Jim Dolan was born on 2nd June1920 in Southport, Lancashire. The son of a ‘Retired Constable’, he served with the RAF during the war as a, ‘Bomb Aimer’. When he joined Hampshire Constabulary as PC 182, on 13th May 1946 his occupation was shown s a spot welder.
He was initially posted to Winchester. A picture survives of PC Dolan as part of a Judge’s Escort at Winchester Assizes in 1948. He served at Winchester until a move to Wallop on 18th May 1950. His final posting was to be Weyhill on 15th February 1955. Whilst at Weyhill he took and passed his Sergeant’s Examination and started to do some shifts as the Acting Sergeant.
Former colleague, Bob Cameron, recalls the tragic death on duty of Jim Dolan.
“I had been warned for Court for the 3rd December 1956 and I remember arriving at Andover Magistrates’ Court that morning and being told about Jim’s death by other officers. He and I had not been particular friends although there was some bond between us as I and a couple of other officers had been about to go off duty at 10pm one night when a call came in to say he was being assaulted.
We piled into the van and sped out to his village and Jim said how grateful he was to get that support. In any case I had always liked and respected him and so the news was a great shock.
An account of his death appeared in the Andover Advertiser on Friday 7th December 1956 on the back page. Under the bold headline “TRAGIC DEATH OF POPULAR CONSTABLE” the first paragraph read,
“A 36 year old policeman, PC James Dolan, who was married with five children, was killed in a road accident less than 100 yards from the front gate of his home at the Police Cottage, Weyhill, late on Sunday night.”
The two column article goes on to relate that a car stolen the previous night in Andover had been seen by the crew of a Wiltshire police car travelling from Ludgershall towards Weyhill shortly after 10pm and they had passed a message to Jim Dolan, who was at home in the Police Cottage at Weyhill.
He had been Acting Sergeant in Andover all day but put on his uniform and went out. He walked 60 yards up the road towards Ludgershall, saw the headlights of a car coming towards him and started waving it down with his torch. (This was long before the days of fluorescent and reflective jackets of course so he would have been in his plain black uniform.)
The driver of the car, a Petty Officer in the R.N., saw him and started to slow down when a car travelling in the opposite direction hit Jim Dolan and threw him into the path of the other car, killing him instantly. Both the drivers stopped.
A tragic aspect of the accident was that the driver of one of the cars went to the police house to ask Mrs. Dolan to telephone for an ambulance as “a man had been injured in an accident.” Mrs. Dolan went out and discovered that the man was her husband.
The stolen car was later found some 500 yards from the spot where Jim Dolan was killed with the engine still warm although there was no evidence that it had ever reached that location.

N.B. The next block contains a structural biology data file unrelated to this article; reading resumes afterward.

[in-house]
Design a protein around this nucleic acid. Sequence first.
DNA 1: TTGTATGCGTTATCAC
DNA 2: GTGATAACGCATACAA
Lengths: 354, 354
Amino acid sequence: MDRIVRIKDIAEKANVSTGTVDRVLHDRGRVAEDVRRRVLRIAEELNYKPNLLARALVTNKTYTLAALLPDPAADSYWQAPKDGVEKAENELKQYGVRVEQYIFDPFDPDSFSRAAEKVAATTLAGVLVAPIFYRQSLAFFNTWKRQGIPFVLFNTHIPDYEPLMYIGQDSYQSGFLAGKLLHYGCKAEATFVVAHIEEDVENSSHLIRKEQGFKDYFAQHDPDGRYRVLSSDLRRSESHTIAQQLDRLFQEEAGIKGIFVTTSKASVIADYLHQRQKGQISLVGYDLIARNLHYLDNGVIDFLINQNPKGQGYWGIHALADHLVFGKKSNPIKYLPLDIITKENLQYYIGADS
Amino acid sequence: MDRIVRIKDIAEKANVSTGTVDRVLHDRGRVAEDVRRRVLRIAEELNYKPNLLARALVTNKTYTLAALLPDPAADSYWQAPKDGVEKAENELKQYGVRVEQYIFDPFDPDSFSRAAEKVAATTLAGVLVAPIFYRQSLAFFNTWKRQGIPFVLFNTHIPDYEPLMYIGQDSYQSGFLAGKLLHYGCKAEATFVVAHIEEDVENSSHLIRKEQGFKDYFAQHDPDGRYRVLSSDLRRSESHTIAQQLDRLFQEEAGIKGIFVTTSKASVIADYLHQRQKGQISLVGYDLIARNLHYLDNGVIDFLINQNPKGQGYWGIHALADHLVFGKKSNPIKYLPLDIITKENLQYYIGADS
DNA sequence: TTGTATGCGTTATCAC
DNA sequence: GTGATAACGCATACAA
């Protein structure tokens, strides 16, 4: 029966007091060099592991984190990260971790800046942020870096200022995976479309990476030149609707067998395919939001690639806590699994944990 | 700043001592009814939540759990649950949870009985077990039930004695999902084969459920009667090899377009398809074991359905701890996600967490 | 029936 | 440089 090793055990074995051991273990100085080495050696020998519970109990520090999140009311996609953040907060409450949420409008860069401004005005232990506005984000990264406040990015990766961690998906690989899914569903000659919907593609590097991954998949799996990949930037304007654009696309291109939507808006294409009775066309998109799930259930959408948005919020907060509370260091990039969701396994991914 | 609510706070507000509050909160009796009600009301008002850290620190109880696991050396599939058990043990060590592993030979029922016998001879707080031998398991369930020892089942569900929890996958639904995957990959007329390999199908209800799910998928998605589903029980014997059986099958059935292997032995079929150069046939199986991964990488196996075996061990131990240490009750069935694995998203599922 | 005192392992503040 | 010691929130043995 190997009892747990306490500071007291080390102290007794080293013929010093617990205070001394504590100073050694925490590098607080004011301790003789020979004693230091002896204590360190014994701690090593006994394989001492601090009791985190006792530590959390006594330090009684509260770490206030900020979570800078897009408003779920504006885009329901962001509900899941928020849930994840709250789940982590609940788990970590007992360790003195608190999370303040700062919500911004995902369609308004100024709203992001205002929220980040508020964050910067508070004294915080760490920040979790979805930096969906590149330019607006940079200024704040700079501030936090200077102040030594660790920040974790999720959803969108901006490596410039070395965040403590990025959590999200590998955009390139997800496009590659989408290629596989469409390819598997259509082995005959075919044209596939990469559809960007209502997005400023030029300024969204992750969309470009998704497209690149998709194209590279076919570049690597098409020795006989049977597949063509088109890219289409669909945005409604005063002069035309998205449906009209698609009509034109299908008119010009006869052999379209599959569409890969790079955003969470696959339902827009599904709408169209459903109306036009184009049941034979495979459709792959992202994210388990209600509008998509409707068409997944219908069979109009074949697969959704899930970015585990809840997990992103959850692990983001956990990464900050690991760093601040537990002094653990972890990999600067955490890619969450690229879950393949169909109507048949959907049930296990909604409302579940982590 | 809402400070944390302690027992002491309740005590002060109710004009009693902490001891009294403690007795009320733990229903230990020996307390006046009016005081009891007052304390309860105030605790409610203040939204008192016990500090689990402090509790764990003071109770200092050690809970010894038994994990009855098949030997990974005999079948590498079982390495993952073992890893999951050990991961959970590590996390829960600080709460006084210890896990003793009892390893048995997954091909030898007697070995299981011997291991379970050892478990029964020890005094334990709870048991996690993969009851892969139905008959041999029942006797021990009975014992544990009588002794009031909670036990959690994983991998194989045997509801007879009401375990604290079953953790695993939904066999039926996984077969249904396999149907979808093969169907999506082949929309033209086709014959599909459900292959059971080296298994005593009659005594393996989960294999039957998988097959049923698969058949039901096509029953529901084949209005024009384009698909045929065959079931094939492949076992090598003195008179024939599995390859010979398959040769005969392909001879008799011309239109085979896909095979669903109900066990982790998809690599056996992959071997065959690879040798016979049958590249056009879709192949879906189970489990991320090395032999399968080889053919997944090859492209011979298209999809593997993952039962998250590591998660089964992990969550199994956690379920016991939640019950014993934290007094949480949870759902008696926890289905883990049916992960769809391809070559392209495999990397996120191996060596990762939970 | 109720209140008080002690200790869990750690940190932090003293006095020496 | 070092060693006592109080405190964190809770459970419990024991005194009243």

In a separate article in the next column in the paper under the headline “IMPRESSIVE SERVICE AT WEYHILL” the funeral service in the village cemetery is described. Ironically the service was conducted by Father Downey, a Catholic priest whose car it was that Jim Dolan had been looking out for when he was killed.
The article told how forty police officers, including the Chief Constable, Mr Richard Dawnay Lemon, the Assistant Chief Constable Mr Richard Gill and Superintendent ReginaldE. Pascall, the Divisional Commander and the coffin was borne by PC’s Robert Cameron (me), L Carpenter, Gwilym Locke, Joseph Stratton, Dennis Willmot and David Wren.
In the photo of the coffin being carried the officers are, from the front, P.C. Dave Wren, Andover, P.C. Den Willmot, Andover, and P.C. Les Carpenter, Clatford.
Members of Jim’s family included Mrs Dolan behind the coffin, accompanied by her father, her niece and other family members. Wiltshire police officers were present together with a contingent from RAF Andover, Andover Magistrates’ Court, Local Authority representatives and Weyhill residents.
On the front page of the same issue, “MAYOR LAUNCHES FUND FOR PC DOLAN’s WIDOW.” where we learn that the Mayor of Andover had already started an appeal to the public, that £63 had already been collected and that the Andover Sub-Division had cancelled the annual Christmas party for the children of police officers and would donate the money to the fund. By the next issue of the paper the fund had grown to £400, just about a years salary for a police constable in those days!
Reading this triggered another memory that some of us in the Sub-Division thought Jim would not have wanted the party to be cancelled and that we should not deprive our children of it, arguing that we could all match the cost of the party and give that money to Mrs Dolan. This caused some bad feeling as you might imagine.”
A memorial plaque was erected at Weyhill Police Station in honour of PC James Dolan. It was unveiled by the Mayor of Andover and James widow, Edna was also present. When the Police Station was demolished in 2015, the plaque was moved to the local church.
This article was written by Robert Cameron, a long time member of the Hampshire Constabulary History Society. He served with Hampshire Constabulary from 1st August 1952 until his retirement on 31st July 1977. He passed away in 2011.